I'm trying to see how far can our star reaches with its gravity. I'm asking if anyone could give info as to what's our star's limit or the furthest object found in our solar system.
The Sun's gravity extends infinitely, but eventually solar objects would be unstable due to the influence of other stars. The minor planet "Sedna" has an orbit which takes it nearly 1000 AU (0.016 light years) from the sun at its furthest point (but now it is a lot closer)
It is also thought that billions of comets must orbit in the outer part of the solar system, out to 50000AU, or 0.8 light years, (or possibly further) forming the Oort Cloud. However, at such distances, they could not be directly observed. This marks the greatest distance at which orbiting solar system bodies can be found.
There's no straight forward answer. In the solar-system, which is well ordered, objects that are in stable orbits, and not too elliptical, have well defined spheres of influence. Planet 9, if/when it's discovered, will probably have the largest sphere of influence for known solar-system objects. Currently, Neptune has the largest.
If the stars near the sun were static relative to each other, the Sun's sphere of influence could be calculated and it would probably extend between 2 and 3 light years. But because the stars are not static, the sphere of influence is constantly changing and stars (probably) exchange outer, loosely orbiting debris fairly frequently.
The Oort cloud by this article is thought to extend to almost 2 light years, so that's one possible answer to your question. If you want to know the most distant aphelion of an object currently orbiting the sun, James Ks answer is good, but I think the outer most aphelion is a bit further than the 0.8 light years that he suggests. At least 2 light-years, possibly even 3. The problem is, an orbit that distant, such an object has a good chance of being deflected before it reaches it's perihelion, a journey that takes over 10 million years. Orbits that distant are likely not very stable. A lot depends on how close other stars get to our sun. A star that passes too close would likely throw everything in the vicinity that it passes through out of wack.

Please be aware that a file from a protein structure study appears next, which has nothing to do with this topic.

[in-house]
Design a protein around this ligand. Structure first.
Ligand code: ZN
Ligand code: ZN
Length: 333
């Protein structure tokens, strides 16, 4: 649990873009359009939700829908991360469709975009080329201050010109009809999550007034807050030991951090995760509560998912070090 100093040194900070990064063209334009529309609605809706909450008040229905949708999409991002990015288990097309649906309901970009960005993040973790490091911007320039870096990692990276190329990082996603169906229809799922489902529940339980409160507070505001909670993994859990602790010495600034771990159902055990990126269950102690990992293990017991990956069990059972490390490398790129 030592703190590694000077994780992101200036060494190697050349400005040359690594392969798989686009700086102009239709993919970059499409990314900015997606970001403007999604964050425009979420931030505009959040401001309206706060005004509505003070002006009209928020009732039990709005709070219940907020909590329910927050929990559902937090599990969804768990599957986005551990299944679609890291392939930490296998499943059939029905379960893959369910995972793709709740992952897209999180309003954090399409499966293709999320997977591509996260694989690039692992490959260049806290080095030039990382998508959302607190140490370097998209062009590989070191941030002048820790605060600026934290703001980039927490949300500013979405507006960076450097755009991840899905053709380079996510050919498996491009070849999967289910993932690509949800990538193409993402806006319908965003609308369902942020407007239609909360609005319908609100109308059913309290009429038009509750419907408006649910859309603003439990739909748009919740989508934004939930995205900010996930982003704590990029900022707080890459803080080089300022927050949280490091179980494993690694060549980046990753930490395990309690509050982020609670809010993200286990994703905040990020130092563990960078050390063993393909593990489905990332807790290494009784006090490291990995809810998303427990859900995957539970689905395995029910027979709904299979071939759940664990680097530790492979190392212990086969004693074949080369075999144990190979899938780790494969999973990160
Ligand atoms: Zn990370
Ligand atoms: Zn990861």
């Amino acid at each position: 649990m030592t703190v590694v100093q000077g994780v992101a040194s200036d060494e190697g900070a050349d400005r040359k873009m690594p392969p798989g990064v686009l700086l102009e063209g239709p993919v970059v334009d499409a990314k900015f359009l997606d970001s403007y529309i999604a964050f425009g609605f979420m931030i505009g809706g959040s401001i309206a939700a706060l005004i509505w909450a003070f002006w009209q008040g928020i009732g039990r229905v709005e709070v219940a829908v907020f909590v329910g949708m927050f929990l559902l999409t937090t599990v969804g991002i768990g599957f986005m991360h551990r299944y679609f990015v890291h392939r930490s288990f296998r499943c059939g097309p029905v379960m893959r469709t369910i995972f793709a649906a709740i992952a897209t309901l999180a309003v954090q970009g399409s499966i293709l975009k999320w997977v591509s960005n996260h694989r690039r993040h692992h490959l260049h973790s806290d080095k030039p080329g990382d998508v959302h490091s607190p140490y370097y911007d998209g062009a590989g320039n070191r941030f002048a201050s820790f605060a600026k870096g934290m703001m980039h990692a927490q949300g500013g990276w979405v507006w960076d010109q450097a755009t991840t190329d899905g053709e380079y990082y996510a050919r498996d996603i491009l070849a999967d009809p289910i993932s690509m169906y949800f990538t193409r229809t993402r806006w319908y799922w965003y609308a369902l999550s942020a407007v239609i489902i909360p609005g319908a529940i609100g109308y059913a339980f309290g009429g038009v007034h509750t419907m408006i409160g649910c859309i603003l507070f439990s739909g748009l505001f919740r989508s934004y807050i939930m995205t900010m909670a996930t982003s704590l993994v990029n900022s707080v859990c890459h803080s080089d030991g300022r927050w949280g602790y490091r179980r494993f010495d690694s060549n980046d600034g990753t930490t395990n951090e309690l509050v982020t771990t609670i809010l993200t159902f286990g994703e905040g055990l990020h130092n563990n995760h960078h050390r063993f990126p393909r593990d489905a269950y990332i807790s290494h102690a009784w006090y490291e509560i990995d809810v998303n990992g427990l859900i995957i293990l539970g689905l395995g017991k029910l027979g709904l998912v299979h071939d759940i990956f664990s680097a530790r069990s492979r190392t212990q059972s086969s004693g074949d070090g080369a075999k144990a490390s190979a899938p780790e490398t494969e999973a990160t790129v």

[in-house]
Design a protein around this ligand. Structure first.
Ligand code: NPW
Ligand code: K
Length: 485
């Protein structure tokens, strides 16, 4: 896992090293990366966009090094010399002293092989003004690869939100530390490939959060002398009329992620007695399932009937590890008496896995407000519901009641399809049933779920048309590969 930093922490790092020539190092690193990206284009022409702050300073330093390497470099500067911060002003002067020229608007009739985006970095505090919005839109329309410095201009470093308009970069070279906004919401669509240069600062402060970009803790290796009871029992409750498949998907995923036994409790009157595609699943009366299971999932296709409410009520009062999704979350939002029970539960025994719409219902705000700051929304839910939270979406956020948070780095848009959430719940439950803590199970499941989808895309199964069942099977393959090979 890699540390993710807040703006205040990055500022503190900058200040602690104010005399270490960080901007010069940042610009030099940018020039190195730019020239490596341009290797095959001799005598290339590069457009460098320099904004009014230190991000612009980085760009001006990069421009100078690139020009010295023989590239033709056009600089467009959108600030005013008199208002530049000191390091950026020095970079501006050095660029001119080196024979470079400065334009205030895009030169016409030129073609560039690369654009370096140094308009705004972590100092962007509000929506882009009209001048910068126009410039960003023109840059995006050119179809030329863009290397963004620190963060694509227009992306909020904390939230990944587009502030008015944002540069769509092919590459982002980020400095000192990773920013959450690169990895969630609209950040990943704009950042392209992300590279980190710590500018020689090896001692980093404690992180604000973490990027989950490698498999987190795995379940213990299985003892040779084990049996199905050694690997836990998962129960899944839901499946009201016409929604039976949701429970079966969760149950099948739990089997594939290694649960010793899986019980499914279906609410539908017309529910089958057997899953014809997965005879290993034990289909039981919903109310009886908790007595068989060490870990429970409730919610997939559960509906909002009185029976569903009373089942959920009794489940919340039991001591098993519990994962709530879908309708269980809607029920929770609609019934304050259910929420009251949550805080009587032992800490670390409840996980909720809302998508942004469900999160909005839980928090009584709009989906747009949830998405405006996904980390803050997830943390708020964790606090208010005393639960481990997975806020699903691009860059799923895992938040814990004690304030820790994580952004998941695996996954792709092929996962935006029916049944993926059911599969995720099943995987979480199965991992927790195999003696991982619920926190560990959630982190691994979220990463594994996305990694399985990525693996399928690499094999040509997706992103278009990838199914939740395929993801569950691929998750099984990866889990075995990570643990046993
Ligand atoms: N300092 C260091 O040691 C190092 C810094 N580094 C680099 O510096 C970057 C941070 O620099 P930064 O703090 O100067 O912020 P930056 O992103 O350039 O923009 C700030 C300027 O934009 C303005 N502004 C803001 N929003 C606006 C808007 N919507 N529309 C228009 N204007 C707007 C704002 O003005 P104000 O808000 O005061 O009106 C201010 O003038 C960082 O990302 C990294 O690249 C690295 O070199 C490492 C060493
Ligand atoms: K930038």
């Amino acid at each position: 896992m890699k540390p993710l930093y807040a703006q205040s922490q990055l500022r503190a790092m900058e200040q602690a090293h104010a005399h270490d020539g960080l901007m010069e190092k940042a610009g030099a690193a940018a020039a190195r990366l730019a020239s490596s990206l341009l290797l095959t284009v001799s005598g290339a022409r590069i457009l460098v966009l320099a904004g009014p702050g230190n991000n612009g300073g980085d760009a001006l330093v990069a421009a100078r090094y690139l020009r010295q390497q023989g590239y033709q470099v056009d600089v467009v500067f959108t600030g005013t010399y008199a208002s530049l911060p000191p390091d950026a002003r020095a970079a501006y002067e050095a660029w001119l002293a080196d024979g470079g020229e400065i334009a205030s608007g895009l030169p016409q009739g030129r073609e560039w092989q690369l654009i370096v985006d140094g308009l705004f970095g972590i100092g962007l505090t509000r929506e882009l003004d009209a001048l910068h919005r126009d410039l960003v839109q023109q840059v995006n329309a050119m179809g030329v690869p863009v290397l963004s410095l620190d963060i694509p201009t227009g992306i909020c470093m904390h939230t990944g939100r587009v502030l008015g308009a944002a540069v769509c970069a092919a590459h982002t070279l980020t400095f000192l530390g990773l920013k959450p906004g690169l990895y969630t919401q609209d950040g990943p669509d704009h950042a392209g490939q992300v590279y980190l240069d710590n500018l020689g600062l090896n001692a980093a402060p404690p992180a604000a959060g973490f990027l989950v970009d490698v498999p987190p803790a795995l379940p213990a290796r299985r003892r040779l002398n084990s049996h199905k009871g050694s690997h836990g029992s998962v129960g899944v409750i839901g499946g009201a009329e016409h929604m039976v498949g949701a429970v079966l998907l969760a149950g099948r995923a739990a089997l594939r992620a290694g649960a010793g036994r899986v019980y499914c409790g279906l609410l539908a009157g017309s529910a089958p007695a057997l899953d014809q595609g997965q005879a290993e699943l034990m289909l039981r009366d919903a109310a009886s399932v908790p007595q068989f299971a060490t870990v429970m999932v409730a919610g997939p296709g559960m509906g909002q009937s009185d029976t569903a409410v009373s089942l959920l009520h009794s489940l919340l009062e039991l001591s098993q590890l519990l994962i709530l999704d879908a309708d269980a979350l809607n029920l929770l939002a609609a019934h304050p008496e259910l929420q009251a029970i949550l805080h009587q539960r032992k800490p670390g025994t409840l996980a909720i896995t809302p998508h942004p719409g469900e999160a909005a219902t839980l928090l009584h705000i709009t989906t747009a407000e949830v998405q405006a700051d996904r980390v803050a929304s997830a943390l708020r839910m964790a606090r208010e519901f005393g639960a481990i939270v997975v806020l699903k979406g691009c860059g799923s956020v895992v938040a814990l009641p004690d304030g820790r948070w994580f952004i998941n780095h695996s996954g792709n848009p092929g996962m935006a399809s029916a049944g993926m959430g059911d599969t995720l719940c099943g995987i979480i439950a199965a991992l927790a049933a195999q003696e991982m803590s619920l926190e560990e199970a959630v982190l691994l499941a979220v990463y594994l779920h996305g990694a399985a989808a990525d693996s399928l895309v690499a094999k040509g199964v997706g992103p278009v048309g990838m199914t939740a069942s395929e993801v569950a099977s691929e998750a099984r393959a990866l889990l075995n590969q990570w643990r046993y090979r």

The tiny Scholz's star is thought to have passed within 1 light year of our sun about 70,000 years ago. Stars passing that close are quite rare, but, from the link above
A star is expected to pass through the Oort Cloud every 100,000 years or so. An approach as close or closer than 52,000 AU is expected to occur about every 9 million years.
This does make defining an outermost orbit somewhat difficult, as the most distant orbits take millions of years to reach their closest point from their most distant point, and they run a pretty good chance of being perturbed within a single orbit. Stars likely play Frisbee with their outer-most orbiting objects all the time. Picking an outermost stable orbit is impossible.
A curious sidebar on Scholz, is that, it may have sent a bunch of outer comets and oort cloud objects heading towards the inner solar system. We wont find out how many for another 2 million years or so. That's how long it will take any objects that were sent towards the inner solar-system to reach it.
Since the effect on space-time curvature (gravity) of the Sun propagates through space at the speed of light, a observer beyond the Suns Cosmological horizon, or it's age in light years away, will never be able to feel it.
Take a simple case where we know the mass of two solar systems (M_1 and M_2) and the distance between their centers of gravity (x). We want to find the location between them where the two forces of gravity from each system cancel out. Where an object placed on one or the other side of that point would eventually fall into one or the other the star system.
The concept is similar to rain basins, these are space basins. In the case of a basin in space we merely create a point and draw a line perpendicular to an imaginary line connecting the 2 systems. In a more complex set of multiple systems we find the equilibrium points between all neighboring systems and extend the perpendicular basin lines to where they first touch one another.
To find the point of equilibrium between 2 systems, first we need the formula for the force of gravity: F = GmM/R^2 (this is Newtonian gravity, so it is ultimately wrong but a fair approximation anyhow).
I am using 'M_1' for the mass of the first system, 'R_1' for the distance from the center of the first system to the placed object, and 'm' for the mass of the placed object.
F_1 is the force from the first system acting on the placed object: F_1 = GmM_1/R_1^2
We do the same thing for the second system: F_2 = GmM_2/R_2^2
And then we set the forces equal eachother to find the point where they will cancel out: F_1 = F_2
At this exact point an object is pulled equally by the forces from both systems and will stay motionless. We can see that several variables cancel out, the mass of the object (m) and the gravitational constant (G), and we are left with:
M_1/R_1^2 = M_2/R_2^2
Since we know the distance between the systems (x) we can make a substitution using the formula: R_1 + R_2 = x
What we are left with (after some algebra) is the infamous quadratic equation solution, where: a = 1 - M_1/M_2 b = 2*x c = x^2
Lastly, we need the quadratic equation: R_2 = [-b +/- sqrt(b^2 - 4ac)]/[2a]
Skipping the algebra, simply plug your 3 knowns into a, b, and c and apply these to the quadratic solution. You can then find R_1 using the formula: R_1 = x - R_2.